In early 2021, researchers at the HIV Vaccine Trials Network published the results of two landmark studies that put bnAbs to the test. Across the two studies—known collectively as the “AMP trials”—more than 4,600 participants in North and South America, Europe, and Sub-Saharan Africa were given 10 infusions of a special, lab-manufactured antibody over 20 months. While none of the participants saw complete protection against HIV, the researchers observed that the bnAbs did protect against some strains of the virus—showing for the first time in humans that bnAbs can prevent HIV infection—a “proof-of-concept” for bnAbs, the study’s authors write. When I ask Dr. Steven Deeks, an HIV researcher, clinician, and professor of medicine at the University of California, San Francisco, who was not directly involved with this research, about the significance of the AMP trials, he says, “Without question, it was a major advance.”
Still, what was tested in this trial was infusions of antibodies—not vaccines. The next step would be to make a vaccine that prompts our bodies to produce these superstar antibodies on our own. “We know that [these antibodies] exist,” Corey says, and that across all variants, the virus has about seven different sites of attack that the antibodies can target. “The issue is, how do we design an immunogen—a vaccine—that would actually awaken this?”
Scientists are already working on it. Last year, researchers at Scripps Research announced that they’d created a vaccine that could kick off the process of making bnAbs: When given their vaccine, 97 percent of participants produced immune cells that could make early versions of these antibodies. It was a small, preliminary clinical trial, but the results are promising. (Haynes’ group at Duke is also expected to release the results of a similar trial soon, he says.) “If there’s any big news,” Haynes says, “that’s the news that the field can now do this.”
But again, this is just one of many steps; a truly effective AIDS vaccine will at least take several more years, experts say. When I ask Corey when he thinks the world will finally get there, he says that preventative, broadly neutralizing antibodies may be available (in the form of infusions) in “three to four years.” But a vaccine to actually make those antibodies “may take double that.” When I asked Deeks the same question, he reminded me that back in 1984, President Ronald Reagan’s secretary of health estimated that we’d have an AIDS vaccine in two years. That was nearly 40 years ago. “Since that time,” he jokes, “no one’s ever actually answered the question you just asked, directly.”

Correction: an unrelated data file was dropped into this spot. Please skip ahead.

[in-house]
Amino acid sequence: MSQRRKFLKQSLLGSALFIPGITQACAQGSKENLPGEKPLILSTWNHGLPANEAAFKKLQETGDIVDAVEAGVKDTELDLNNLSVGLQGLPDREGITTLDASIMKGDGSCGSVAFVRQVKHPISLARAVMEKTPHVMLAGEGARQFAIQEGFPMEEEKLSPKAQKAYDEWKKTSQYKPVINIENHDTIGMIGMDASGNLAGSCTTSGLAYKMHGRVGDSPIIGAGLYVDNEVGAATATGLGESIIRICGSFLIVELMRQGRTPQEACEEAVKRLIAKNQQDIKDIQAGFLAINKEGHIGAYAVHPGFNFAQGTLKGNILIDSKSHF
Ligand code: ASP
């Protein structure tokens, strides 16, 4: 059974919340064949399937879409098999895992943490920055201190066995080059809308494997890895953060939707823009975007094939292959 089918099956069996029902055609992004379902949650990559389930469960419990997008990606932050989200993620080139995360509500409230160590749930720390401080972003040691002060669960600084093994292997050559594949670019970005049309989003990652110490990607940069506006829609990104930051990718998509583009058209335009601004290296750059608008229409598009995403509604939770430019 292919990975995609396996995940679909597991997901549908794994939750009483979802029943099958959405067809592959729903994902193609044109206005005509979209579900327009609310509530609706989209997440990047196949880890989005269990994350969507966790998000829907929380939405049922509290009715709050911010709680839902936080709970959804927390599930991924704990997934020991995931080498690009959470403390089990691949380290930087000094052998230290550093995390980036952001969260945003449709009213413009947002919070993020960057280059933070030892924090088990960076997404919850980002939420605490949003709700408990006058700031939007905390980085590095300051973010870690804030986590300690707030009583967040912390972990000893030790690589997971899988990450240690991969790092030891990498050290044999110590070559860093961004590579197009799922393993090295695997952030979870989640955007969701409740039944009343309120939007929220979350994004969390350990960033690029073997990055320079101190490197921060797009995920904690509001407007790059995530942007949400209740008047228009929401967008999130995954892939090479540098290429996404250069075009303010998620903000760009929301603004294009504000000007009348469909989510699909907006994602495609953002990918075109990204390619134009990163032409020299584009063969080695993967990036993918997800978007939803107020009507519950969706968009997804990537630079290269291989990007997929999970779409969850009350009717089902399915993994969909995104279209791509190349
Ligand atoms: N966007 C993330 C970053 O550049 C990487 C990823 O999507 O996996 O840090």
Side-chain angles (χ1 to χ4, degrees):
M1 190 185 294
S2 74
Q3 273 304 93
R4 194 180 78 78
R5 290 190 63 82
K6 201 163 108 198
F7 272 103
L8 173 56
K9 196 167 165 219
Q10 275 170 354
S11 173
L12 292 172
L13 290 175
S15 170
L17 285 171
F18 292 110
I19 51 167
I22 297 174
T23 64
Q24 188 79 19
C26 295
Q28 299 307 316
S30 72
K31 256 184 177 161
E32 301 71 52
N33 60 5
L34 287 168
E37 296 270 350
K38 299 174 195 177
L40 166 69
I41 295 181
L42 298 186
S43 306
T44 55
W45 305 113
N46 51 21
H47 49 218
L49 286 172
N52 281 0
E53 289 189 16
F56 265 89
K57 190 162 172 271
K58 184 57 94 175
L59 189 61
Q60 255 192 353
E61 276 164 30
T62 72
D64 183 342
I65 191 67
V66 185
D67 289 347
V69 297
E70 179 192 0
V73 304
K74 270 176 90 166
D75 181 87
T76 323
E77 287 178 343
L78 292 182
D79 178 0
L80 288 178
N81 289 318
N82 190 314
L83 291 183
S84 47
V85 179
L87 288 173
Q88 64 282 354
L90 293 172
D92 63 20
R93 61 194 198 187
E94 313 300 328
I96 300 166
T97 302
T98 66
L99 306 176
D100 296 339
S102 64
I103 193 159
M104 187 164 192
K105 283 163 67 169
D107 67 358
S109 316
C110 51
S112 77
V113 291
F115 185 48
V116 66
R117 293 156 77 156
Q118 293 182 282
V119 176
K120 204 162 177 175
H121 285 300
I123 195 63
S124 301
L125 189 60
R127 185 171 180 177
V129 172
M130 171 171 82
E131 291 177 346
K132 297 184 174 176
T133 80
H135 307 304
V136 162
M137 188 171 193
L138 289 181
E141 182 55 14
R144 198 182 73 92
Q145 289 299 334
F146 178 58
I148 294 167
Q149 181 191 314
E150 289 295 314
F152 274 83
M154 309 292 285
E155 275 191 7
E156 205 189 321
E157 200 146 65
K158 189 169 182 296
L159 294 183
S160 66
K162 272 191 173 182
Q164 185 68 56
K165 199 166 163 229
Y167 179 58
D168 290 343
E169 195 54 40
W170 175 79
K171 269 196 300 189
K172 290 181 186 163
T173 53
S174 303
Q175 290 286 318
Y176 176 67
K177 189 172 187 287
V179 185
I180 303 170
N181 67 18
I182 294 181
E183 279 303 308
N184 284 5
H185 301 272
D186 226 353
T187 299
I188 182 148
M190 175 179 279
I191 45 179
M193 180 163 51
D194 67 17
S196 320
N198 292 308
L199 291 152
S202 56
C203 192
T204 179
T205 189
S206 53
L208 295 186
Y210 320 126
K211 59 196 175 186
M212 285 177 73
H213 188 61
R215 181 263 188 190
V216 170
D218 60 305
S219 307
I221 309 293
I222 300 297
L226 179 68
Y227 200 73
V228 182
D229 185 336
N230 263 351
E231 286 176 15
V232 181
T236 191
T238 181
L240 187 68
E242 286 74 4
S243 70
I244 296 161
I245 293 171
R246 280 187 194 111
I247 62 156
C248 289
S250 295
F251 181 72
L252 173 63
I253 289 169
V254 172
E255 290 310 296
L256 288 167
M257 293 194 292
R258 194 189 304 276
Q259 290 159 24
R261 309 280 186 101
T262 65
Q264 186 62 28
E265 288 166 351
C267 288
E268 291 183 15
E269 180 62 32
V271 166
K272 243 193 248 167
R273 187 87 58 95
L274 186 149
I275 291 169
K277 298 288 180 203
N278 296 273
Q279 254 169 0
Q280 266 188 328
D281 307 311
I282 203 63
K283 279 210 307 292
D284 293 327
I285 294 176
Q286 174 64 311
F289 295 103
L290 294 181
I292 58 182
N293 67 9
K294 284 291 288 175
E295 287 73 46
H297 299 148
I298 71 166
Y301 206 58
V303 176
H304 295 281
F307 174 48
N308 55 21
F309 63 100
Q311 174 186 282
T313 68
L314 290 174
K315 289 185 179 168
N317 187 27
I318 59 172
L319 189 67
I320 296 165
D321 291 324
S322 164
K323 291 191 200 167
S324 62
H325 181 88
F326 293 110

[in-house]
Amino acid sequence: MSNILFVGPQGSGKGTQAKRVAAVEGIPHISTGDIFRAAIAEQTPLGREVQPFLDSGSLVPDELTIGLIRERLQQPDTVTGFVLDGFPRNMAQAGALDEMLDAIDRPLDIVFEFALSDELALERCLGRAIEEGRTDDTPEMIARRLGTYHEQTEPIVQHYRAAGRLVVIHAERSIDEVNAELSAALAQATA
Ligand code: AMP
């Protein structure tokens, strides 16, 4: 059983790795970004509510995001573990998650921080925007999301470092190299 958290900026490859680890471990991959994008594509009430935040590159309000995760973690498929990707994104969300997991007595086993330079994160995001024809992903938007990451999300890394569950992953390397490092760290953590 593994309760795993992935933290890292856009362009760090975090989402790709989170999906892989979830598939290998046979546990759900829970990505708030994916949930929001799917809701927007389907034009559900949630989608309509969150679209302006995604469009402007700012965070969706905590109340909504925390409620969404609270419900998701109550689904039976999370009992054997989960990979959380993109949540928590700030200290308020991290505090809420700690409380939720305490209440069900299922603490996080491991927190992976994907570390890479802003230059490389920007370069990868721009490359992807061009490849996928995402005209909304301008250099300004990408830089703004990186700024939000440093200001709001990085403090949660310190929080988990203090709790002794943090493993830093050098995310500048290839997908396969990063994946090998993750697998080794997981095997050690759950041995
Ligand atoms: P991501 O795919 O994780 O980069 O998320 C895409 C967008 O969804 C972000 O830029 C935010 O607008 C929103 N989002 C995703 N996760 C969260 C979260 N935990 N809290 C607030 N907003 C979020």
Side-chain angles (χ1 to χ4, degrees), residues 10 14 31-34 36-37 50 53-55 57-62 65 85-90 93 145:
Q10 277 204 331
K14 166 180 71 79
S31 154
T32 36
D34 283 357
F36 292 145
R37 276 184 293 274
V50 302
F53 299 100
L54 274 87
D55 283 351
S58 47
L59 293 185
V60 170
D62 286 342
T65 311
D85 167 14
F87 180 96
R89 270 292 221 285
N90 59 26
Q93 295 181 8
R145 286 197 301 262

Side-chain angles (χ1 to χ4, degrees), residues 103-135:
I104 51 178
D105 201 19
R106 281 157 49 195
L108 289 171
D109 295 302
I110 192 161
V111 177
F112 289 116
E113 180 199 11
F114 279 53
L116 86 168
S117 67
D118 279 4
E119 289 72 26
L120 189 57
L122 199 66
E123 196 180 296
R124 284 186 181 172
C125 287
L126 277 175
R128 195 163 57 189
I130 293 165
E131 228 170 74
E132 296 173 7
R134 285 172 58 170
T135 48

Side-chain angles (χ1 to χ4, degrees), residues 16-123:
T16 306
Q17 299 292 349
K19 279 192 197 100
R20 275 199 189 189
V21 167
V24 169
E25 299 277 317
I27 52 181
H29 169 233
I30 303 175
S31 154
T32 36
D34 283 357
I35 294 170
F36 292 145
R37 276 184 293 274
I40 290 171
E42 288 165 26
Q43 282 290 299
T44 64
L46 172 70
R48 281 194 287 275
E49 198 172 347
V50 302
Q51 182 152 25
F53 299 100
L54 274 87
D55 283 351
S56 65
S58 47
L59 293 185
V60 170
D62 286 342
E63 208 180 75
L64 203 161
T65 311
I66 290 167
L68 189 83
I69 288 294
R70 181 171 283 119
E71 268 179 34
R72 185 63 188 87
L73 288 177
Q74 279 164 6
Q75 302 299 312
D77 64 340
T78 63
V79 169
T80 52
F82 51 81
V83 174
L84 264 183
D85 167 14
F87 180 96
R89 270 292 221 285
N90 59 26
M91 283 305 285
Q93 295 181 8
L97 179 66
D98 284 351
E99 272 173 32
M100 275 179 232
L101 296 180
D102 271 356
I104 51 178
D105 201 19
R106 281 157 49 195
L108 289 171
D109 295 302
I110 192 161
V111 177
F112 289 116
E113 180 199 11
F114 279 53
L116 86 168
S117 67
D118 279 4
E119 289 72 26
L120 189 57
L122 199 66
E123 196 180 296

However long it takes, experts hope the process will move faster with the help of messenger RNA. If mRNA sounds familiar to you, there’s a good reason why: It’s at the core of the two most widely used Covid-19 vaccines in the US. As you may recall, mRNA essentially works by providing our bodies with a set of instructions to build molecules; with the Covid vaccines, for example, those instructions code for the coronavirus spike protein. But mRNA can be easily tweaked to provide instructions for all sorts of molecules—including ones that can stimulate the production of bnAbs. And unlike, say, making entire proteins from scratch, mRNA can be made quickly and cheaply. “Every time we want to make a different protein, it takes 16 or 18 months and 4 or $5 million,” Corey says. “With RNA, you can make it in 100 days. And costs can be in the hundreds of thousands of dollars.” So with mRNA-based vaccines, experts hope the testing process will be nimbler than it has been in the past.
As a technology, mRNA isn’t new to HIV vaccine researchers. (Back in 2017, in fact, Haynes was among the first researchers to demonstrate the power of an mRNA vaccine, in this case in protecting against Zika in mice and monkey trials.) But Covid’s “big gift” to the HIV field, Haynes says, is that it demonstrated the speed of mRNA. “We knew [mRNA] was going to work when we saw the Zika trials work,” he says, but Covid “showed how fast you can do it.”
When I spoke with Fauci, he was optimistic about mRNA and HIV—the technology saw “amazing success” with Covid, after all—but urged caution. While mRNA could “be a big boon to the [HIV] field,” Fauci says, “It’s too premature to say that this is going to be a quantum advance in HIV vaccinology.”
Hopefully, mRNA will have a chance to prove itself. Some experts worry that with the arrival of drugs that prevent HIV infection, testing potential HIV vaccines will become even more difficult. Ethically, researchers must offer these drugs to study participants in vaccine trials—but if every participant is on medication that prevents HIV infection with high efficacy, it becomes much more difficult to measure how well a vaccine is working, if at all.
Still, even with these drugs available, Fauci says, the search for a vaccine remains a worthy cause. “For good, long-lasting, global protection against an infection like HIV,” he says, “you always have to aim for a vaccine because that would be the optimal level of protection that you would get.” And as Dr. Nirupama Sista, director of research and development for FHI 360, a nonprofit that manages HIV prevention studies, points out, fighting HIV may not require a one-size-fits-all solution. For people living in the shadow of HIV, particularly those in lower-income countries, having many preventative options is key—whether it’s drugs taken as oral pills or long-lasting injections, or a vaccine. “A vaccine, if it is highly efficacious, adds yet another prevention tool in the toolbox,” she says. “And every intervention that we can add helps in reducing infection.”